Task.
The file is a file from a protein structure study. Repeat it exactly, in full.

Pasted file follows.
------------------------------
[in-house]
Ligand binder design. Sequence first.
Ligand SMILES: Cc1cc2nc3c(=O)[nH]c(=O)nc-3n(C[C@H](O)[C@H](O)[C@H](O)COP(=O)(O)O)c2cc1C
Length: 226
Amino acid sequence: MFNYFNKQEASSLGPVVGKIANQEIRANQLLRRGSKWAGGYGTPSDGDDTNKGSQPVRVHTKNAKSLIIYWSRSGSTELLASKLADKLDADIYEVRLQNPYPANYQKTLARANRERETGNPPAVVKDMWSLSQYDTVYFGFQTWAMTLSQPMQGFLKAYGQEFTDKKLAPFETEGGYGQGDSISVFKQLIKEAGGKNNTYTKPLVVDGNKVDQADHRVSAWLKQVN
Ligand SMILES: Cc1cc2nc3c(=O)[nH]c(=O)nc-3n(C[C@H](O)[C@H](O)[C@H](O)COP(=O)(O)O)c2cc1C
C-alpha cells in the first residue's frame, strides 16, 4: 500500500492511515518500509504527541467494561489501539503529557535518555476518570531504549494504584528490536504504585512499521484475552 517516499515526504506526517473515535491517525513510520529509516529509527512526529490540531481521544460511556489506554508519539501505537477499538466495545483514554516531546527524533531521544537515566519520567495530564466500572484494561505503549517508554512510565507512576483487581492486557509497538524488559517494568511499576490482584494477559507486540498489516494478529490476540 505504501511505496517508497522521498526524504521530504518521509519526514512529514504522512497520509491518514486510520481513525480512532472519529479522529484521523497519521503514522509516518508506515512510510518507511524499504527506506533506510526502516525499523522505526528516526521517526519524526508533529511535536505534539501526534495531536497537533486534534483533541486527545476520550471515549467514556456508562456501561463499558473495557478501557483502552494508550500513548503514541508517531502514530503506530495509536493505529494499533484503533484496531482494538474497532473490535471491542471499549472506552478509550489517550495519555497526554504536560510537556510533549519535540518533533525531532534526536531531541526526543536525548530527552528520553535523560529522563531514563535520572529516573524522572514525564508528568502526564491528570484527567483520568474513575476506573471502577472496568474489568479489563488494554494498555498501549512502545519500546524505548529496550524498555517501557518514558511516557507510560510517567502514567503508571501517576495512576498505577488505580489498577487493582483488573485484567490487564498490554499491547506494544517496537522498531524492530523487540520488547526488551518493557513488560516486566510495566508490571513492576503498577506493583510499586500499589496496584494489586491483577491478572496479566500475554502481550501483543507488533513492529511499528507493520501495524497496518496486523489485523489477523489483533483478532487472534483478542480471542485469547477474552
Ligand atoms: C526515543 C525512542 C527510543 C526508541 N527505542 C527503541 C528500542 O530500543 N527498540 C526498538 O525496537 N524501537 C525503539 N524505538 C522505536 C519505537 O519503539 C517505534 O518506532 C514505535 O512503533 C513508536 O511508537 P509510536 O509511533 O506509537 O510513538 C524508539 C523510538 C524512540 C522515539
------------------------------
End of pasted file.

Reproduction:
[in-house]
Ligand binder design. Sequence first.
Ligand SMILES: Cc1cc2nc3c(=O)[nH]c(=O)nc-3n(C[C@H](O)[C@H](O)[C@H](O)COP(=O)(O)O)c2cc1C
Length: 226
Amino acid sequence: MFNYFNKQEASSLGPVVGKIANQEIRANQLLRRGSKWAGGYGTPSDGDDTNKGSQPVRVHTKNAKSLIIYWSRSGSTELLASKLADKLDADIYEVRLQNPYPANYQKTLARANRERETGNPPAVVKDMWSLSQYDTVYFGFQTWAMTLSQPMQGFLKAYGQEFTDKKLAPFETEGGYGQGDSISVFKQLIKEAGGKNNTYTKPLVVDGNKVDQADHRVSAWLKQVN
Ligand SMILES: Cc1cc2nc3c(=O)[nH]c(=O)nc-3n(C[C@H](O)[C@H](O)[C@H](O)COP(=O)(O)O)c2cc1C
C-alpha cells in the first residue's frame, strides 16, 4: 500500500492511515518500509504527541467494561489501539503529557535518555476518570531504549494504584528490536504504585512499521484475552 517516499515526504506526517473515535491517525513510520529509516529509527512526529490540531481521544460511556489506554508519539501505537477499538466495545483514554516531546527524533531521544537515566519520567495530564466500572484494561505503549517508554512510565507512576483487581492486557509497538524488559517494568511499576490482584494477559507486540498489516494478529490476540 505504501511505496517508497522521498526524504521530504518521509519526514512529514504522512497520509491518514486510520481513525480512532472519529479522529484521523497519521503514522509516518508506515512510510518507511524499504527506506533506510526502516525499523522505526528516526521517526519524526508533529511535536505534539501526534495531536497537533486534534483533541486527545476520550471515549467514556456508562456501561463499558473495557478501557483502552494508550500513548503514541508517531502514530503506530495509536493505529494499533484503533484496531482494538474497532473490535471491542471499549472506552478509550489517550495519555497526554504536560510537556510533549519535540518533533525531532534526536531531541526526543536525548530527552528520553535523560529522563531514563535520572529516573524522572514525564508528568502526564491528570484527567483520568474513575476506573471502577472496568474489568479489563488494554494498555498501549512502545519500546524505548529496550524498555517501557518514558511516557507510560510517567502514567503508571501517576495512576498505577488505580489498577487493582483488573485484567490487564498490554499491547506494544517496537522498531524492530523487540520488547526488551518493557513488560516486566510495566508490571513492576503498577506493583510499586500499589496496584494489586491483577491478572496479566500475554502481550501483543507488533513492529511499528507493520501495524497496518496486523489485523489477523489483533483478532487472534483478542480471542485469547477474552
Ligand atoms: C526515543 C525512542 C527510543 C526508541 N527505542 C527503541 C528500542 O530500543 N527498540 C526498538 O525496537 N524501537 C525503539 N524505538 C522505536 C519505537 O519503539 C517505534 O518506532 C514505535 O512503533 C513508536 O511508537 P509510536 O509511533 O506509537 O510513538 C524508539 C523510538 C524512540 C522515539